WESTPORT, Conn. – Until this year, former Westhill High School runner Kevin King had been the gold standard in Fairfield County Interscholastic Athletic Conference distance running. But after this winter, the new king of the 52-year-old league is Staples High senior Henry Wynne.
Wynne won two gold medals last weekend at the New Balance Indoor Nationals. He won the mile and anchored the distance medley relay with a brilliant come-from-behind leg. He finishes his indoor career with five individual league records in every distance from the 800 to the mile. He is also on four relays that hold Staples school records.
Undoubtedly more will come in the outdoor season. One of the most treasured is King’s 1,600-meter time of 4:07.26, set in 1981. Wynne, who will attend the University of Virginia, could also wipe out the 800 record of 1:50.86 set by Danbury’s Parker Boudreau in 2008. Two longtime Staples records set by Tom Sheeran in 1989 (1,600 and 3,200) could also fall. This winter, Wynne erased two longtime indoor records in the 800 (by Westhill’s Norm McHugh in 1986) and 1,500 (by King in 1980).
Wynne’s magnificence is not lost on longtime track observers. Some feel he might be the best the league and even the state has ever seen.
“I have never seen a kid like that,’’ said Westhill’s Ed Lane, who has been involved with the sport since the 1960s. “Sheeran and King were great runners. But they could not do the stuff that this guy did.”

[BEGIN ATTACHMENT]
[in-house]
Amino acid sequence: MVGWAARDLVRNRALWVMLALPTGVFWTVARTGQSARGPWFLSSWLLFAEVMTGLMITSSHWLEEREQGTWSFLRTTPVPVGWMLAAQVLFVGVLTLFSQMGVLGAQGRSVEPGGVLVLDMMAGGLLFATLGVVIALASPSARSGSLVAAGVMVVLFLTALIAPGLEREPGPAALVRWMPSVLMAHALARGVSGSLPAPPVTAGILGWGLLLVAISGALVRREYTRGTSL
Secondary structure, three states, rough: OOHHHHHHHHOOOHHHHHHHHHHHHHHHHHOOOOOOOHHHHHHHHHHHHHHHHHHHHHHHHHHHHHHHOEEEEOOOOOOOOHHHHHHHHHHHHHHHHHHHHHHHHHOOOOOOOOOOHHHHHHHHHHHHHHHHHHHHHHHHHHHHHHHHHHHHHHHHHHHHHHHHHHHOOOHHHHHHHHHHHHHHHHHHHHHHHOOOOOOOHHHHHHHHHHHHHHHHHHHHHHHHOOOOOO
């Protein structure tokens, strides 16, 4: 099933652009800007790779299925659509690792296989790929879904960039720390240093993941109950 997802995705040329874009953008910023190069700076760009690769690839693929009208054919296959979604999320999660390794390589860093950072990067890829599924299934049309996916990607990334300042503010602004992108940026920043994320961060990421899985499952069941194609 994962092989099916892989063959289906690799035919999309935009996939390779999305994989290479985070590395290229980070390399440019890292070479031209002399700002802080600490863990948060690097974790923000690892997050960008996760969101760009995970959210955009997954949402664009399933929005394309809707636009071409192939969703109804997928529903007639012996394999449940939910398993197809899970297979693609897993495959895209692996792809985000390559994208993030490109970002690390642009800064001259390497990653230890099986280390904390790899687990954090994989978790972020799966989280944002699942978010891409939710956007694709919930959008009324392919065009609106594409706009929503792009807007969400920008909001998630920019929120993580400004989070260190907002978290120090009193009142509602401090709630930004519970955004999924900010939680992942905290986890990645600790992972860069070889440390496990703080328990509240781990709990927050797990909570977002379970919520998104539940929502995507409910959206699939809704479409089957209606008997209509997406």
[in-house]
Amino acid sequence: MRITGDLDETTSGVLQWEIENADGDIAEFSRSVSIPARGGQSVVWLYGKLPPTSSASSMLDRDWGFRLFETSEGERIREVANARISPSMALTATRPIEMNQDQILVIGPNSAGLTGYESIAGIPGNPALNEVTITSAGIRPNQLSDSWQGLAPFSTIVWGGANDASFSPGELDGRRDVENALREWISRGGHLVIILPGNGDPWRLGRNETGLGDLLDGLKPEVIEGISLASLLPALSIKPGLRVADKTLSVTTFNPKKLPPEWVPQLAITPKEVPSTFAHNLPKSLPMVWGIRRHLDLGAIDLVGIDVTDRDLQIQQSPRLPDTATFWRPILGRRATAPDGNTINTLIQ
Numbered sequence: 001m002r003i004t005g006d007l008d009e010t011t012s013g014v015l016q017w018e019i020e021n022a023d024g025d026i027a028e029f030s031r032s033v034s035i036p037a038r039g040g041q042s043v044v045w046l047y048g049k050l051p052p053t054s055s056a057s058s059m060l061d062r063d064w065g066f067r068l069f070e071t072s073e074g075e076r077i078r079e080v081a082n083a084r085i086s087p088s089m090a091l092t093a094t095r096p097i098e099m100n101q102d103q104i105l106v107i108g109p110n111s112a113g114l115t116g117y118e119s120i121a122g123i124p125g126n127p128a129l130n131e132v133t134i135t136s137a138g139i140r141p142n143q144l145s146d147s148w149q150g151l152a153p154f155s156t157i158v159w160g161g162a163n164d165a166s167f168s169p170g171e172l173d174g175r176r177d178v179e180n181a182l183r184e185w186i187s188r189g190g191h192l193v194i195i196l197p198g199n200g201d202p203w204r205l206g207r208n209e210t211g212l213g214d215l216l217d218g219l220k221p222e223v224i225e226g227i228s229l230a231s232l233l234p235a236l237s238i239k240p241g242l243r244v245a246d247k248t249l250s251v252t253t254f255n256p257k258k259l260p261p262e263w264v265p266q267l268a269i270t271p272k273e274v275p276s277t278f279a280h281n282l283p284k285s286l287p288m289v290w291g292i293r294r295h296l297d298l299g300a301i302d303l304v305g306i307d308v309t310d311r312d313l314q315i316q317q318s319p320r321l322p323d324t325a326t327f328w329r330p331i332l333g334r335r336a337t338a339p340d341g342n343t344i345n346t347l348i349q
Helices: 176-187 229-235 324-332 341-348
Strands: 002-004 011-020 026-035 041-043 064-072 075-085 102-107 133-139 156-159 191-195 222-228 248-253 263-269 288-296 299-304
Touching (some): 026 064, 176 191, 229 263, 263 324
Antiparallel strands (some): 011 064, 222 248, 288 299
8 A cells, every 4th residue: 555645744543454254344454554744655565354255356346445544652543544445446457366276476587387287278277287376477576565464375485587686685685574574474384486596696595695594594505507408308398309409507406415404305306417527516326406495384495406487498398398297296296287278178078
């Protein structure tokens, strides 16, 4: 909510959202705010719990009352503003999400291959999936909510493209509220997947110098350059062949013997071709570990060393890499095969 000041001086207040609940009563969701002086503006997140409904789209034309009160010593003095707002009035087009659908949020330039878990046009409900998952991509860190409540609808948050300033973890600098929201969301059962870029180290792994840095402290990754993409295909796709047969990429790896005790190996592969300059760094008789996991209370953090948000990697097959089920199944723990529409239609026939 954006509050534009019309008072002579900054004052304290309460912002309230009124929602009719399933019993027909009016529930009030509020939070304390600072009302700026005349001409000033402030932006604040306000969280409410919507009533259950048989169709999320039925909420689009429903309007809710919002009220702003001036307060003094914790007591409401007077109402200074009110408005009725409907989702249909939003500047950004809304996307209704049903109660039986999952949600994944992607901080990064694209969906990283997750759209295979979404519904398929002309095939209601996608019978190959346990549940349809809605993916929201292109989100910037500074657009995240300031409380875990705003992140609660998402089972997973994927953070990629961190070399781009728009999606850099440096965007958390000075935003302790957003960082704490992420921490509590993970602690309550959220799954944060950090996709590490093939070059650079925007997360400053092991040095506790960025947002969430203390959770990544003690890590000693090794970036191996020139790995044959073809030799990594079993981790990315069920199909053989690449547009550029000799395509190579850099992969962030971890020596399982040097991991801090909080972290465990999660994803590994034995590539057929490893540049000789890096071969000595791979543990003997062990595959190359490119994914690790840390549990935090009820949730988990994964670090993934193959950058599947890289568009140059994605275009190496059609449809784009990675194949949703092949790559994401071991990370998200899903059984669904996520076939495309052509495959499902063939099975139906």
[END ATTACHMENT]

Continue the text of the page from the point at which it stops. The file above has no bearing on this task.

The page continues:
What makes Wynne such a wonder is his range. He can run excel in anything from the 400 to 5 kilometers – he was the New England cross country champion. Usually, long distance runners do not have the foot speed to race well in shorter events. Middle distance runners usually lack the stamina to run more than a mile.
“He can run three quality races, times that would be nationally ranked, in the same meet,’’ Lane said. “Sheeran and those guys couldn’t do that.”
Veteran track coach Jim Gerweck thinks Wynne might be the best miler in state history. “If he’s not the best, he’s certainly in the conversation,’’ Gerweck said. “You’d have to put him up there. What he did this indoor season is something that has never been done before.”
Wynne has a several traits others did not. “He’s a unique physical specimen,’’ Gerweck said. “He almost looks like a basketball player.” Wynne’s upper body and core strength is unique among distance runners and allows him to generate power for shorter distances.
He’s also a terrific tactician. In the mile in Sunday’s race at the New Balance meet, Wynne stayed tucked behind the leaders but exploded past everyone on the final lap. In the distance medley Friday, Wynne faced a big early deficit. He didn’t try to make it all up at once. He waited until precisely the right time to make his move.
“He has a lot of confidence in his ability,’’ Lane said. “When a guy knows he has a great kick, it’s hard to beat. You can’t run away from him, and you can’t outkick him. You could wait until he has a bad day, but he never has one.”
Wynne’s final season will begin in a few weeks. He’s a once in a generation athlete and ranks right with Steve Young, Bobby Valentine and other FCIAC legends. “You’re not going to see any one like him for a while,’’ Lane said. “I can’t wait to see what he does in college.”